How can Women become Leaders in the Workplace?

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Over the years more and more women have been absorbed into formal employment. However, the workplace has been criticised for being patriarchal, and not hearing the voices of women. In addition, many women carry a dual role as providers of paid labour in the workplace and providers of unpaid labour in the house.

The following questions and answers given below, extracted from a survey carried out by F Makombe et al  (unpublished) reveals the opportunities and challenges that still confront Zimbabwean woman in the workplace.

What societal characteristics contribute to women advancing to senior management positions?

No societal characteristics were reported as having contributed to the career advancement of women interviewed in the survey. Instead, societal attitudes towards women’s positions and abilities were perceived to have restrictions on career advancement. There is a strong bias against women in leadership positions, as Zimbabwean society is very patriarchal. Married working women feel constrained by societal norms and cultural values to participate in informal networks, for instance by associating with other men outside the  workplace.

What organisational characteristics can women use to attain senior leadership positions?

Among the women interviewed many attributed their rise to having fair and open minded superiors. However, some of the women reported facing hostility from their male subordinates who found it difficult to take directives  from women. They also reported being subjected to forms of sexual harassment as their male superiors treated them as mere sex objects.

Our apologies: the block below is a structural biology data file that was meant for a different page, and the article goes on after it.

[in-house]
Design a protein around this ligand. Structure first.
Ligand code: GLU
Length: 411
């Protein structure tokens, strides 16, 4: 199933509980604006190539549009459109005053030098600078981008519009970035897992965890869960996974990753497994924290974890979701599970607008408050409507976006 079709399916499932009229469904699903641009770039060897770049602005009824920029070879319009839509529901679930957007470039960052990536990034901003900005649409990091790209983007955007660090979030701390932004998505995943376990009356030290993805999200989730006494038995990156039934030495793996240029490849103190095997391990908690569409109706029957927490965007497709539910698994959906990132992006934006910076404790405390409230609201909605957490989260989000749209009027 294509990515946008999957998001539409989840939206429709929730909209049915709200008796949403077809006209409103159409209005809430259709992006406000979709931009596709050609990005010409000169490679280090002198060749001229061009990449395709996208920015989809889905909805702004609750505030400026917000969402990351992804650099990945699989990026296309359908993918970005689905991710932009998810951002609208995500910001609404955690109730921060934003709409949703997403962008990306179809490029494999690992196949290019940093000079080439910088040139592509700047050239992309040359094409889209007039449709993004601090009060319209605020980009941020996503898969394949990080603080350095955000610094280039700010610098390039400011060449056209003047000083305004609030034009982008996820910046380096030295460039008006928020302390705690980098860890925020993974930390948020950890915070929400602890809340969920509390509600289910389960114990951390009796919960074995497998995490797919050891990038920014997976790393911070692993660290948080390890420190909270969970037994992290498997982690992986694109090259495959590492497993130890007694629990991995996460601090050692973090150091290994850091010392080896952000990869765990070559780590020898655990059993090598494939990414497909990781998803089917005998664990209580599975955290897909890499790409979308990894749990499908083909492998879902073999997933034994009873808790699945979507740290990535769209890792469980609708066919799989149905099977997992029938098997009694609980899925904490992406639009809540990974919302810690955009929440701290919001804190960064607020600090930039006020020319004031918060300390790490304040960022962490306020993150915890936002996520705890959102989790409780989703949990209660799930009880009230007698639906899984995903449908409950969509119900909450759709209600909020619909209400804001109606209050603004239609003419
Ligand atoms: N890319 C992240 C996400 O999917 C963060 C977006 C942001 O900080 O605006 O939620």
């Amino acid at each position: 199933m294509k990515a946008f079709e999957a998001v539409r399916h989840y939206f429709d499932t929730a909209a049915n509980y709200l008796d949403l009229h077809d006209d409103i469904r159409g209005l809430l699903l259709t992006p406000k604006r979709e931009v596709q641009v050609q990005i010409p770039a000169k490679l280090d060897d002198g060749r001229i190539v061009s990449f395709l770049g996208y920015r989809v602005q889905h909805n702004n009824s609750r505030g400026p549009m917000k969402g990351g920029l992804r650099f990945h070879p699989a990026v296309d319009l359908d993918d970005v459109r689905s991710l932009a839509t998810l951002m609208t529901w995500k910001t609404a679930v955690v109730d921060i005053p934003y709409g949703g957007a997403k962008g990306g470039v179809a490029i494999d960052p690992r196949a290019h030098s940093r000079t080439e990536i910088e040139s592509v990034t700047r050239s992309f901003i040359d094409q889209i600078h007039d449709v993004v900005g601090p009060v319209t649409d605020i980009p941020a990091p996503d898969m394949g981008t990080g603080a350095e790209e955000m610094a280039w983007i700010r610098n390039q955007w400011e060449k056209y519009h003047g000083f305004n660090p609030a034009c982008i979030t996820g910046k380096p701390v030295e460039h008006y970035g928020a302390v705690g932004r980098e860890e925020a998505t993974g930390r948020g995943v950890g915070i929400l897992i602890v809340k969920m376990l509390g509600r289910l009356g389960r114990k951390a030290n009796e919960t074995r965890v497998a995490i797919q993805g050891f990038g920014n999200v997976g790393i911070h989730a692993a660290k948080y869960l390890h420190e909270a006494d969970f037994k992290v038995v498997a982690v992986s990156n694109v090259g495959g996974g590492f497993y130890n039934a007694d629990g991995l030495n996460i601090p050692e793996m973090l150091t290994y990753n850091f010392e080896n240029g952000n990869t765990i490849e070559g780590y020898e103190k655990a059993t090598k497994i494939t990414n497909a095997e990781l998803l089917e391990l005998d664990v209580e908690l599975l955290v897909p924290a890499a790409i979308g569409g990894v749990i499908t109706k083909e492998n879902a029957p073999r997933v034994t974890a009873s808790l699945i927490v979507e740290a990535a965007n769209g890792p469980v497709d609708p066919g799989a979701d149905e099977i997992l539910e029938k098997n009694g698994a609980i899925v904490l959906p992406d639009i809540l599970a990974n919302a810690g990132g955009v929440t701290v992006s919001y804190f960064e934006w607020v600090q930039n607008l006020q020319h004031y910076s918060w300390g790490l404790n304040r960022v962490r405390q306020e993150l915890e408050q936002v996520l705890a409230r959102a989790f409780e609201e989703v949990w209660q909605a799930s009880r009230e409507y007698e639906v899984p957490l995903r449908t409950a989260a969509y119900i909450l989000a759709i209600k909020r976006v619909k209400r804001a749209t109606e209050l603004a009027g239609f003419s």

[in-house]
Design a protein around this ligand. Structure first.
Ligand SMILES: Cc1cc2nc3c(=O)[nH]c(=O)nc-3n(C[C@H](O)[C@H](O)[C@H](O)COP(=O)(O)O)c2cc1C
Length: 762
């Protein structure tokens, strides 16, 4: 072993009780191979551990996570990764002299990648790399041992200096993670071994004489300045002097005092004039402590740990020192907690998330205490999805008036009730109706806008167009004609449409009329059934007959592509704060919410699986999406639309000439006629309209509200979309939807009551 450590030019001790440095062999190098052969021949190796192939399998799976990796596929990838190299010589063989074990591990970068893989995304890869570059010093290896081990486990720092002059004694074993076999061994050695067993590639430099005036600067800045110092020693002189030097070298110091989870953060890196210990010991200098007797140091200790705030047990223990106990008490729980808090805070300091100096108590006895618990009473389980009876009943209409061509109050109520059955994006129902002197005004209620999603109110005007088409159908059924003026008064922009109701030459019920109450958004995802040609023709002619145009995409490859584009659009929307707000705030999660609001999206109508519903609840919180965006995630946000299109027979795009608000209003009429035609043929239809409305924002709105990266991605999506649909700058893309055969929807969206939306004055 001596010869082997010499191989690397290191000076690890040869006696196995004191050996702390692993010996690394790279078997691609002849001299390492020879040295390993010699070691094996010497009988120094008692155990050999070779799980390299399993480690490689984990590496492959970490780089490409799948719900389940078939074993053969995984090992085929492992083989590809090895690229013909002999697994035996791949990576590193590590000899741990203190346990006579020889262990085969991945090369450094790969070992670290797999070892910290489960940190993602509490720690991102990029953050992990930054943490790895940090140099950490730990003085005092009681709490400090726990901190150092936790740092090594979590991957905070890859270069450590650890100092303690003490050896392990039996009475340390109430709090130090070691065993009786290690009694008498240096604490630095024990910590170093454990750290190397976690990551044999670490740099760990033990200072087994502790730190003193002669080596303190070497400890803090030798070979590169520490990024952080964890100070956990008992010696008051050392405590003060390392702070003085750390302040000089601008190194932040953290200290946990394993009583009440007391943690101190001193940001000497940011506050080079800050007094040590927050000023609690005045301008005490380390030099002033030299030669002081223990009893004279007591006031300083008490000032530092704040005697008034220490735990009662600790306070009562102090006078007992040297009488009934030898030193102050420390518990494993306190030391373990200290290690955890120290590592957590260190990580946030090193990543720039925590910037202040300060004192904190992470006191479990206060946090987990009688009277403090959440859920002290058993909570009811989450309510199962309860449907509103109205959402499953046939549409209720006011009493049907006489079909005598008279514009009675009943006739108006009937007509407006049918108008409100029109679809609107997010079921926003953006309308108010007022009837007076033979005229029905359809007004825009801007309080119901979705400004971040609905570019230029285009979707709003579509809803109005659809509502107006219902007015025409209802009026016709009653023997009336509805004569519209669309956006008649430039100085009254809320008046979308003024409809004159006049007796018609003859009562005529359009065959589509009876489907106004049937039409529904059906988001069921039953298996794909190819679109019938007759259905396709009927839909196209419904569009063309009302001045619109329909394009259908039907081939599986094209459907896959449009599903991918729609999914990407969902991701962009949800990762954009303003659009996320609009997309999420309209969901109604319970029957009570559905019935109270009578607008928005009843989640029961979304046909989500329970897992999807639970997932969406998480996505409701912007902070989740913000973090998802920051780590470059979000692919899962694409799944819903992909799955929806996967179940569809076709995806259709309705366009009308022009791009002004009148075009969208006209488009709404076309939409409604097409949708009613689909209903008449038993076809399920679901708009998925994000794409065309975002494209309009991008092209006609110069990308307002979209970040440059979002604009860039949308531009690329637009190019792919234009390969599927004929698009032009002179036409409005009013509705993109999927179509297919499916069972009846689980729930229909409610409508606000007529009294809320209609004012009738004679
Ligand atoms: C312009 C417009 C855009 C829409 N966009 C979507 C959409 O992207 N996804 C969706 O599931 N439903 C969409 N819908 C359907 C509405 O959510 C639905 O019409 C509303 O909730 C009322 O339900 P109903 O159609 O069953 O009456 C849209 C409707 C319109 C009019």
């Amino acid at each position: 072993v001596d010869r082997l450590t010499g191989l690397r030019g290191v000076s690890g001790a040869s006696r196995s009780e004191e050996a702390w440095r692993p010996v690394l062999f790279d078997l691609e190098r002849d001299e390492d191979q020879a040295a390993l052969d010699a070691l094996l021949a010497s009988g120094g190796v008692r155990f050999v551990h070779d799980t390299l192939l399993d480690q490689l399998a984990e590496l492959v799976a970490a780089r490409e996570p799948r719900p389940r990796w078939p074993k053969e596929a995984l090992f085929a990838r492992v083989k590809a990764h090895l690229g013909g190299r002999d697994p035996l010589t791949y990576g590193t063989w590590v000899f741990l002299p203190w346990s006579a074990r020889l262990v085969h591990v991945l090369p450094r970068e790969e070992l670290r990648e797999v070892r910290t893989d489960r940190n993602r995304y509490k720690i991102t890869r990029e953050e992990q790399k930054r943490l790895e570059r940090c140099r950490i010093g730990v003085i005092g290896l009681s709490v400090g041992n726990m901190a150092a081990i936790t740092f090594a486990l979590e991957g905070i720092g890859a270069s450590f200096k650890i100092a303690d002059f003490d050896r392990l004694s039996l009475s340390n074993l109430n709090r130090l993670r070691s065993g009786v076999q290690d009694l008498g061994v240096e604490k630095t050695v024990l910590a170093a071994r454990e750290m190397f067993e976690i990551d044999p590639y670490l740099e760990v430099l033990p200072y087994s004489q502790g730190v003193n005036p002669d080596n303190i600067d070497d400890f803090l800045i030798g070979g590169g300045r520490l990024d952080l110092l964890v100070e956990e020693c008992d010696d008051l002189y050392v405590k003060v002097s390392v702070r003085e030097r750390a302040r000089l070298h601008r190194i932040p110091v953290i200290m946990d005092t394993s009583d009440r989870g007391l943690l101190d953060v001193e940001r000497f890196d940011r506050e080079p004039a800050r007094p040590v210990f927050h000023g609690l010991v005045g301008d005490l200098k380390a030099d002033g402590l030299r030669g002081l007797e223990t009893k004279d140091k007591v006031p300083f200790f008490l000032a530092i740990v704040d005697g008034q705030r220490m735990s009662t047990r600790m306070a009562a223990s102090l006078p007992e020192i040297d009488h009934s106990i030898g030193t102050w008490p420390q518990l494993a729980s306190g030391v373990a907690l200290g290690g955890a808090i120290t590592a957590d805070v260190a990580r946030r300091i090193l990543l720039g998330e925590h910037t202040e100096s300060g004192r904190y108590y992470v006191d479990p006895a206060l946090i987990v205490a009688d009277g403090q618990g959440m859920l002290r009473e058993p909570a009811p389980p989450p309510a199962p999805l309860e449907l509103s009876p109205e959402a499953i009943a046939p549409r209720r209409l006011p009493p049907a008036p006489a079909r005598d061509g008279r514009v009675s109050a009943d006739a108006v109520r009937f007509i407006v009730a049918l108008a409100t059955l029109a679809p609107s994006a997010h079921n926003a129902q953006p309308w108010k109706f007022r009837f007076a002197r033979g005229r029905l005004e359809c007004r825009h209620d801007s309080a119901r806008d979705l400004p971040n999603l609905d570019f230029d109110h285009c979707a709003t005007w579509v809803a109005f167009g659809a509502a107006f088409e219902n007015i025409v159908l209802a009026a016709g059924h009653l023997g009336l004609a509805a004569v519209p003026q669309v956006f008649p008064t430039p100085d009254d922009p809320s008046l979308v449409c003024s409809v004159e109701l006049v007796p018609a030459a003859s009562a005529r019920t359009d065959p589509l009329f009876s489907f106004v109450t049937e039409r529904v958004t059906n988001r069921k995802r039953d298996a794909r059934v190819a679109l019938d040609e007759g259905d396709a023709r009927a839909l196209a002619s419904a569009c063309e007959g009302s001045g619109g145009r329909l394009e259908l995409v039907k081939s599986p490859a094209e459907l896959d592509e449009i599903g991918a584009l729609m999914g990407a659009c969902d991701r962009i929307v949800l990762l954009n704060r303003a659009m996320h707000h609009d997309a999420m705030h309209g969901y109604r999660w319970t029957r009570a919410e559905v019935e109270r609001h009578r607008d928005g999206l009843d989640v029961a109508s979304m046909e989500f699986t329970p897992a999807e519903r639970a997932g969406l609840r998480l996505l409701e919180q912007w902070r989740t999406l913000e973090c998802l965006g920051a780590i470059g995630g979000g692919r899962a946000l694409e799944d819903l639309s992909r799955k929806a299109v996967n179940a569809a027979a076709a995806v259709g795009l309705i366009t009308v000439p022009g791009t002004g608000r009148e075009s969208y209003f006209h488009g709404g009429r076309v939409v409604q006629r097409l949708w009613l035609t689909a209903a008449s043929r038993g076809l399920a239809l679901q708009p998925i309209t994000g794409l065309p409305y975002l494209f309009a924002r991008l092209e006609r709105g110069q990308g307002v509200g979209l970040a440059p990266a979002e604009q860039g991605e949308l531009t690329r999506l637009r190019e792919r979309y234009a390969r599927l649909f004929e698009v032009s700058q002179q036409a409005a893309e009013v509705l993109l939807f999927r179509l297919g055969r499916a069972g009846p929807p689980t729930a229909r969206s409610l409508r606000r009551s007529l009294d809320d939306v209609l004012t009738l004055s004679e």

How do government  policies assist in the advancement of women to senior management positions?

Women interviewed indicated that the mechanisms implemented by the government, such as in the area of sexual harassment, may have helped them some. But on the other hand they said that the implementation at organisational level was not effective. As one women put it, “On paper yes, but not necessarily in practice.” Most of the women who participated in the survey felt that they made it on their own merit and that government mechanisms did not help.

What strategies are women utilising to overcome barriers to career advancement?

Participants in the survey developed strategies such as assertiveness, working hand, competency, balancing their professional and domestic roles, working  harder than men and advancing their credentials to overcome barriers to their career advancement.

Is there scope for reform?

There is general consensus that the current political and legal mechanisms are not effective, due to negative attitudes and lack of accountability by the people who  are expected to enforce them. For instance, a mechanism such as affirmative action policy is expected to be implemented by top executives in organisations – and these positions are largely occupied by men who are not supportive of gender equity! Thus the problem is embedded in the culture of these organisations, which exert influence and render the law and other policies ineffective.

Suggested reforms

As women are carrying both professional and domestic roles there is need to create policies which are compatible with these roles. For instance, scheduling all business meetings within normal working hours, or not demanding long overtime hours from women.

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Find out more about Decent Work and Labour Laws in Zimbabwe.